Rationale: Adiponectin has anti-inflammatory effects in experimental models, but its role in the regulation of myocardial redox state in humans is unknown. Although adiponectin is released from epicardial adipose tissue (EpAT), it is unclear whether it exerts any paracrine effects on the human myocardium. Objective: To explore the cross talk between EpAT-derived adiponectin and myocardial redox state in the human heart. Methods and Results: EpAT and atrial myocardium were obtained from 306 patients undergoing coronary artery bypass grafting. Functional genetic polymorphisms that increase ADIPOQ expression (encoding adiponectin) led to reduced myocardial nicotinamide adenine dinucleotide phosphate oxidase-derived O-2(-), whereas circulating adiponectin and ADIPOQ expression in EpAT were associated with elevated myocardial O-2(-). In human atrial tissue, we demonstrated that adiponectin suppresses myocardial nicotinamide adenine dinucleotide phosphate oxidase activity, by preventing AMP kinase-mediated translocation of Rac1 and p47(phox) from the cytosol to the membranes. Induction of O-2(-) production in H9C2 cardiac myocytes led to the release of a transferable factor able to induce peroxisome proliferator-activated receptor-gamma-mediated upregulation of ADIPOQ expression in cocultured EpAT. Using a NOX2 transgenic mouse and a pig model of rapid atrial pacing, we found that oxidation products (such as 4-hydroxynonenal) released from the heart trigger peroxisome proliferator-activated receptor-gamma-mediated upregulation of ADIPOQ in EpAT. Conclusions: We demonstrate for the first time in humans that adiponectin directly decreases myocardial nicotinamide adenine dinucleotide phosphate oxidase activity via endocrine or paracrine effects. Adiponectin expression in EpAT is controlled by paracrine effects of oxidation products released from the heart. These effects constitute a novel defense mechanism of the heart against myocardial oxidative stress.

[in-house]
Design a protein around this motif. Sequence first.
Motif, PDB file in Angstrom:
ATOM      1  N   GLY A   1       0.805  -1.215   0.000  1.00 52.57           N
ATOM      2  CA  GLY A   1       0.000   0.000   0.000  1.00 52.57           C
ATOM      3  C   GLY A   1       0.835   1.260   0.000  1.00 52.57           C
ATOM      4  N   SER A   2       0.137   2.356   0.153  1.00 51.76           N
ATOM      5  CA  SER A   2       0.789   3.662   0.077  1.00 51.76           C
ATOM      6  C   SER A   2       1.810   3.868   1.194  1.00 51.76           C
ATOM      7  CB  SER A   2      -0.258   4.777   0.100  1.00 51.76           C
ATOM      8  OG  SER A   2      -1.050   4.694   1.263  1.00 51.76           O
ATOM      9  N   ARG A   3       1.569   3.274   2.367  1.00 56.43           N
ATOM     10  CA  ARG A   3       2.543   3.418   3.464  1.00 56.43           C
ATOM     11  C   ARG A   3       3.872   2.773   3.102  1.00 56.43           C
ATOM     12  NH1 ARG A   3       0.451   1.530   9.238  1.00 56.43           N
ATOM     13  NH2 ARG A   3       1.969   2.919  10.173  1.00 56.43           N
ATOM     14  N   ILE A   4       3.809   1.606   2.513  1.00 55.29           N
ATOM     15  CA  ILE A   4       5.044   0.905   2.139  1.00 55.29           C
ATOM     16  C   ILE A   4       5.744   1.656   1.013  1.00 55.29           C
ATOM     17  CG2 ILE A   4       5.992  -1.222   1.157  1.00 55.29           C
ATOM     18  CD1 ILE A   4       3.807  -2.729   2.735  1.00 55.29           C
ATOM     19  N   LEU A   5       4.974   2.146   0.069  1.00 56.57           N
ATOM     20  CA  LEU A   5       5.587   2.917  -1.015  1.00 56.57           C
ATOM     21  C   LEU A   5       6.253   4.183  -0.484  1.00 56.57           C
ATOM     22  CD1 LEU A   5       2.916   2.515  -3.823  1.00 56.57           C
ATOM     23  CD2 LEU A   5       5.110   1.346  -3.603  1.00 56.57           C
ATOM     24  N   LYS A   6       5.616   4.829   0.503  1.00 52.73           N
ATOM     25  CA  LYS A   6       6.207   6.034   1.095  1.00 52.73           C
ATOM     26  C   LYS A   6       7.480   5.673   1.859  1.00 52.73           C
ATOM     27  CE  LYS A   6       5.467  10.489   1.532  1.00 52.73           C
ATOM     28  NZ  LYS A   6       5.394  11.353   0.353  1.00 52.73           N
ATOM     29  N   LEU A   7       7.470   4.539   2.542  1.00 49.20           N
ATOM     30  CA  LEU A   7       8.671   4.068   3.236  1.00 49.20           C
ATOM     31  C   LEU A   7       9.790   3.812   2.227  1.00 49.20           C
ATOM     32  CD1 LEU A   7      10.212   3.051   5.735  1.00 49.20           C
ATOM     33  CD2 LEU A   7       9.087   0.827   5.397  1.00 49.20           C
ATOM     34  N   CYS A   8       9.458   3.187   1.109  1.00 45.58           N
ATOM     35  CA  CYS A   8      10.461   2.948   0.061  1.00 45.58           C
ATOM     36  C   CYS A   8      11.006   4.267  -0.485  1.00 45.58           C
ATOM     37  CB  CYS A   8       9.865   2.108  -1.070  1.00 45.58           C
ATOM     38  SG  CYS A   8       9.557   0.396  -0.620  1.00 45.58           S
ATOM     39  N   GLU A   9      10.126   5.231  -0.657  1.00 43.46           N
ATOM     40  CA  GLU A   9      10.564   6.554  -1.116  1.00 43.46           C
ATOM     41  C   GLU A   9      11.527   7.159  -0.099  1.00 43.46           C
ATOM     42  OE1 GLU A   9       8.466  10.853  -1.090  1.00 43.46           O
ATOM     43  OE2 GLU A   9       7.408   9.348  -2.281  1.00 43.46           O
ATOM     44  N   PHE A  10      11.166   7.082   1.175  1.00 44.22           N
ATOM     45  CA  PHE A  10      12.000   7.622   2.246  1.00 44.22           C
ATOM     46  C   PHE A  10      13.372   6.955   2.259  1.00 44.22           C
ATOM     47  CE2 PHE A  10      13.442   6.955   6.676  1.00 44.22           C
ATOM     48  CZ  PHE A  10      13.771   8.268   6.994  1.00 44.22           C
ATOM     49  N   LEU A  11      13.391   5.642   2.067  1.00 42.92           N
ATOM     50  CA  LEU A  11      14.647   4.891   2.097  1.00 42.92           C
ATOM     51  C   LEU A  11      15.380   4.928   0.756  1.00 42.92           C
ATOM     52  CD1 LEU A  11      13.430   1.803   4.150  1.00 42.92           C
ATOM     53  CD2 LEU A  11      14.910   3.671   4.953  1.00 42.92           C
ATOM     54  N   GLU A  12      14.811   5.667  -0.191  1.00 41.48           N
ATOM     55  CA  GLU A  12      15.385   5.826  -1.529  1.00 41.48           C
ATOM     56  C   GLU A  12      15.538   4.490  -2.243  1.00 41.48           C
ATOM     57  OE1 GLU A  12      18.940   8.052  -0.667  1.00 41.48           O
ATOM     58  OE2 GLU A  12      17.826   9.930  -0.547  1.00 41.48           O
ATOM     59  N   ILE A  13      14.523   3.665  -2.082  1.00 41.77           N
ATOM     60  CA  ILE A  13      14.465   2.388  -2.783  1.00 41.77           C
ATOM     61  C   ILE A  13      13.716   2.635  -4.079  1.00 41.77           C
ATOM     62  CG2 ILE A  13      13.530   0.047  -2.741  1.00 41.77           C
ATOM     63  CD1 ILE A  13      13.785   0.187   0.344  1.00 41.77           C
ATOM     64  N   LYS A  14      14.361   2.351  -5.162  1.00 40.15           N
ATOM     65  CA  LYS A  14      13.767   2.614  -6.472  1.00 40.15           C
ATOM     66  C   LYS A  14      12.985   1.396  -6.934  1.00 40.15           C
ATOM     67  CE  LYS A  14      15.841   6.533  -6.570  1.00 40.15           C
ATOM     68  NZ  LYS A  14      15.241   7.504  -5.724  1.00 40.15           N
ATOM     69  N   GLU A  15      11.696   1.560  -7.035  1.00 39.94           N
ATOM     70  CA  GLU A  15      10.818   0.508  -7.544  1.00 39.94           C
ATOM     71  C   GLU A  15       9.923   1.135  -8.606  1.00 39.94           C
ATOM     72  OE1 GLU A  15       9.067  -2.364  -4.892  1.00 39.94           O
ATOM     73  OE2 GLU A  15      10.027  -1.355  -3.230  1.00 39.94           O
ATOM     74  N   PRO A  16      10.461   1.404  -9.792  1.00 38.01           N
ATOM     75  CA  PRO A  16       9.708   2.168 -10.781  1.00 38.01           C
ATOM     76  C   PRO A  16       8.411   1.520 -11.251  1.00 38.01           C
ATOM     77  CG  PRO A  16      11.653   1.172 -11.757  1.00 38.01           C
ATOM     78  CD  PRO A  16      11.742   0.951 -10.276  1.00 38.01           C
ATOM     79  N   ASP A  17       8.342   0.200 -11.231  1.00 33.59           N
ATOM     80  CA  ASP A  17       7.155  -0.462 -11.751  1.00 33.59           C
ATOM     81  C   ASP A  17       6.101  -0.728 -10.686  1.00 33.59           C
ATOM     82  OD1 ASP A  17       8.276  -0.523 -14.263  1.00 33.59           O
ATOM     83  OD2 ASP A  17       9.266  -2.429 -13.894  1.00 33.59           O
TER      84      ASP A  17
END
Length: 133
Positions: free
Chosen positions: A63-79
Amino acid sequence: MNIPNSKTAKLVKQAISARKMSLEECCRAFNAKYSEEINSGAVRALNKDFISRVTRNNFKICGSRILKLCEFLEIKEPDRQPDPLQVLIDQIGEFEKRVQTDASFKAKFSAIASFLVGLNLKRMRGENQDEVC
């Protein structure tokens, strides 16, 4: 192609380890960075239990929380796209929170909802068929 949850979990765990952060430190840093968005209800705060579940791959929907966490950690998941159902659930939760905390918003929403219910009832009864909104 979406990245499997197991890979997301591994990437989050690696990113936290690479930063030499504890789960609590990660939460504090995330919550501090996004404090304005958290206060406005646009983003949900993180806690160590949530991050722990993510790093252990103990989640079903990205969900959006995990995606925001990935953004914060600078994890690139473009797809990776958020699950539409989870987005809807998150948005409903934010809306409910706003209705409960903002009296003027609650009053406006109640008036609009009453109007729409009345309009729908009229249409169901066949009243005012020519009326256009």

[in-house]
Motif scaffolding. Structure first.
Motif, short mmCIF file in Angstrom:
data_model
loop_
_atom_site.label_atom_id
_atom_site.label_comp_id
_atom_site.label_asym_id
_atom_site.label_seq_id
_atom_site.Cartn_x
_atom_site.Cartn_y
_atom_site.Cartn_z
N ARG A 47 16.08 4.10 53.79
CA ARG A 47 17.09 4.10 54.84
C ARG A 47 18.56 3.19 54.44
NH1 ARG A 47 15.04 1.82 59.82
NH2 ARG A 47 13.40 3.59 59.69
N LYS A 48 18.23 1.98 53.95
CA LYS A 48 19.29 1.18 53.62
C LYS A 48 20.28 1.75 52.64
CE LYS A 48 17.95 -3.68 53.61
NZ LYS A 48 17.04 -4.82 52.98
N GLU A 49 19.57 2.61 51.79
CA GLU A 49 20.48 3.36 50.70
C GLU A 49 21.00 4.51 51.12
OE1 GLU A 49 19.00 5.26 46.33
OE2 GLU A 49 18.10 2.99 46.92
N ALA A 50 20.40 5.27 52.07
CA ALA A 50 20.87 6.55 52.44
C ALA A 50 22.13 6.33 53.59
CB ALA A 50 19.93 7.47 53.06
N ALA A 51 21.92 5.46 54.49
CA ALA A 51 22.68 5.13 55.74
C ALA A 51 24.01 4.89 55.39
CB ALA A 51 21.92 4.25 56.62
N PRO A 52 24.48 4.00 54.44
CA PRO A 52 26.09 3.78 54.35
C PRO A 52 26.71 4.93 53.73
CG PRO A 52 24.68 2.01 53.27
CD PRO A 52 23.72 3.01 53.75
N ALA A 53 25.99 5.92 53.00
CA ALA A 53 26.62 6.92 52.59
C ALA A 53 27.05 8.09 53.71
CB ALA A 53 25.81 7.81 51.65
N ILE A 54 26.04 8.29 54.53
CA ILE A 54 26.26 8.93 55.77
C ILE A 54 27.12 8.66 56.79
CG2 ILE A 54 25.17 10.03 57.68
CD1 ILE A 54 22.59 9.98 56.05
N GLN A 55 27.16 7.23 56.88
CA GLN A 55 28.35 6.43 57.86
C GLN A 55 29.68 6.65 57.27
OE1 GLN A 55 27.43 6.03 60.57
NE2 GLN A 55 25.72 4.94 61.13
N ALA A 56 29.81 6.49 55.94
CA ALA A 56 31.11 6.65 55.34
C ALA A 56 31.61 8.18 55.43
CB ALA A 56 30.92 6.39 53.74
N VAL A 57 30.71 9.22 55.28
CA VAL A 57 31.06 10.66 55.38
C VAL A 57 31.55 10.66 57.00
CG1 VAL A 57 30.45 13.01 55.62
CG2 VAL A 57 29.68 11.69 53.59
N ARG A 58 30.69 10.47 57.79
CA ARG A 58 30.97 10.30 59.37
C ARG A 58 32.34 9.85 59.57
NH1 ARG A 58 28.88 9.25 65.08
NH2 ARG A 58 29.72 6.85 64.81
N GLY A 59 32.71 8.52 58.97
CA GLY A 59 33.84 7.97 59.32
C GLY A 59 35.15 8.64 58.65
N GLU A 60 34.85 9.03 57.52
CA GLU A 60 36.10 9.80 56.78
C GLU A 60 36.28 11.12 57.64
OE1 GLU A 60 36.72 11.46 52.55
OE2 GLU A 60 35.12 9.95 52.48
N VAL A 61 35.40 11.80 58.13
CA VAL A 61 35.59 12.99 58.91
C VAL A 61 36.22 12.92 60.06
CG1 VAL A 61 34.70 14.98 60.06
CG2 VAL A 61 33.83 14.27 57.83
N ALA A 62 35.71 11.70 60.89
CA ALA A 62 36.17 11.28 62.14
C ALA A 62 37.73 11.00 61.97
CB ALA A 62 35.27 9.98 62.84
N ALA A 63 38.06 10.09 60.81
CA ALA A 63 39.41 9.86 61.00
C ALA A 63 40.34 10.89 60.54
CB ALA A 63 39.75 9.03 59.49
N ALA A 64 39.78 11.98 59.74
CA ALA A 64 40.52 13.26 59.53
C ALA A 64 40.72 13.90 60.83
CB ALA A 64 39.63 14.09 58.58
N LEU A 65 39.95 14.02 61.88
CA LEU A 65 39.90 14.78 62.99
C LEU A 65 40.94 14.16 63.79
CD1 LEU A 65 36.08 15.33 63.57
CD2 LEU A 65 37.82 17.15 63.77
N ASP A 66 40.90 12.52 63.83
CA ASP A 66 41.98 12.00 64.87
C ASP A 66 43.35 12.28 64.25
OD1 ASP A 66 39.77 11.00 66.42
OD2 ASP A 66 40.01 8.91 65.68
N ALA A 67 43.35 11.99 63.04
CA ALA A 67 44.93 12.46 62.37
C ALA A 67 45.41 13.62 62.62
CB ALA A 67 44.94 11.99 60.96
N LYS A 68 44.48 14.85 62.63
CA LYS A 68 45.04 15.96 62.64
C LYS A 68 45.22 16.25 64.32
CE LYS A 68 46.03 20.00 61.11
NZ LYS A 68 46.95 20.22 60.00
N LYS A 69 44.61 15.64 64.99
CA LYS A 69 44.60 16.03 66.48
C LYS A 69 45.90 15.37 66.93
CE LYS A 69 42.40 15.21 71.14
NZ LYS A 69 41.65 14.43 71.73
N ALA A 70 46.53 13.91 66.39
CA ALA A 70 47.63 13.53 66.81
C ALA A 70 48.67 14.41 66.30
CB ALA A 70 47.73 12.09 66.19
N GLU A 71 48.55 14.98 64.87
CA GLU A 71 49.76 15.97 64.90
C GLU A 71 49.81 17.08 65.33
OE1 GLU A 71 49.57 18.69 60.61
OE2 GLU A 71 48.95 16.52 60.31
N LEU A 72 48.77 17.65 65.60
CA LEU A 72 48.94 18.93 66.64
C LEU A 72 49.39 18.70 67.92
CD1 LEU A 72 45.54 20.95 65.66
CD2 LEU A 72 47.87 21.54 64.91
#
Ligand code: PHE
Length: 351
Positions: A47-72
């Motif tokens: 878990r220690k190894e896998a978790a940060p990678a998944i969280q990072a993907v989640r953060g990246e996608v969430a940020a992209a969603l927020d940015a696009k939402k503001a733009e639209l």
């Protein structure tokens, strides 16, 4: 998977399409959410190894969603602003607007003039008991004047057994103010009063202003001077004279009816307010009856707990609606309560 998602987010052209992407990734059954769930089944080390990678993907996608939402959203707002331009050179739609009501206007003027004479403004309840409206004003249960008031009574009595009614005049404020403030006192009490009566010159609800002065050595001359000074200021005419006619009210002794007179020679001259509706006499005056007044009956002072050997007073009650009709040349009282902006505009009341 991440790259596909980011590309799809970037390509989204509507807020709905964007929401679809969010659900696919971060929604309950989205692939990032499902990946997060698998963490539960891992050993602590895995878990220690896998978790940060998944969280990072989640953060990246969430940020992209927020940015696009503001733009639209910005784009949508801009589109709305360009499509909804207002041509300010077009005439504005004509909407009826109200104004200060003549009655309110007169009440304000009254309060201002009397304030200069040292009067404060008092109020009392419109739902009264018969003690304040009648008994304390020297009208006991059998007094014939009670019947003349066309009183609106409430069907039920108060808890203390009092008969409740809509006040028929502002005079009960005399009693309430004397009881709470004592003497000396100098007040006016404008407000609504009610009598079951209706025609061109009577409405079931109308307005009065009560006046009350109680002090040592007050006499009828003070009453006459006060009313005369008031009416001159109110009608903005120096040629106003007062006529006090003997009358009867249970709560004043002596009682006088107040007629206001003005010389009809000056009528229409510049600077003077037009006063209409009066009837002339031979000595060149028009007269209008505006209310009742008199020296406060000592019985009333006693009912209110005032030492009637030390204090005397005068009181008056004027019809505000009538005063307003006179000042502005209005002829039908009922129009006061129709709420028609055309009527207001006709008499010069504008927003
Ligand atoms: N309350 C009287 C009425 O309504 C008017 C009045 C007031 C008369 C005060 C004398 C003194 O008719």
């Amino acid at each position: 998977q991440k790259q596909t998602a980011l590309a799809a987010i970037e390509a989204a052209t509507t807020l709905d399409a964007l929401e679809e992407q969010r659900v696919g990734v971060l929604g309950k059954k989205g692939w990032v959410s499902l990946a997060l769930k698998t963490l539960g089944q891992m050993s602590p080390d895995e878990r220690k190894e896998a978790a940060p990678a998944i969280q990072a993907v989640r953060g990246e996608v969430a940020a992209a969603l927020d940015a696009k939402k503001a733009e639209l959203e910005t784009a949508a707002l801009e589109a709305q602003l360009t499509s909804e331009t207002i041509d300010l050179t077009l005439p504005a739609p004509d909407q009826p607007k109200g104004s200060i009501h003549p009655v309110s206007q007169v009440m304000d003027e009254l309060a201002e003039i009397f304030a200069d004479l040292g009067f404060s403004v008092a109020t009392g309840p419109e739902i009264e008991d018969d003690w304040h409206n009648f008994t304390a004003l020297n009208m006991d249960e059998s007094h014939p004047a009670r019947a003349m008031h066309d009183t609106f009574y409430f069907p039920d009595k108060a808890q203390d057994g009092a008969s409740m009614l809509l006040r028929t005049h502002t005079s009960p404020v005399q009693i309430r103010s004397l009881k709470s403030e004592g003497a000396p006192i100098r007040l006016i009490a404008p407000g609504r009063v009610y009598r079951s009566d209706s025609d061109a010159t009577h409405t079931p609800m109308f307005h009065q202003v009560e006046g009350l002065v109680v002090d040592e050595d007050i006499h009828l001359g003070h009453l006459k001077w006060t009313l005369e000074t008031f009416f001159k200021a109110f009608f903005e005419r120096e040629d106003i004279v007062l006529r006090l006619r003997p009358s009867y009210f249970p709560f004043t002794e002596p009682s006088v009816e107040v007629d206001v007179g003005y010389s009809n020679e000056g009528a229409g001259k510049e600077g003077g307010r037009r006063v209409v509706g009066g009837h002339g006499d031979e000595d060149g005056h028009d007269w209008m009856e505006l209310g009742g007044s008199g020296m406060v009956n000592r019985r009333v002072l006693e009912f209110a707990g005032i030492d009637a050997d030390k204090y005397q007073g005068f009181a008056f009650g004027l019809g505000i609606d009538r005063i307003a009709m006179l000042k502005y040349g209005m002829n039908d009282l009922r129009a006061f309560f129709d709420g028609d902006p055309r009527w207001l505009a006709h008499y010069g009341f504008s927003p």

- adipose tissue
- oxidative stress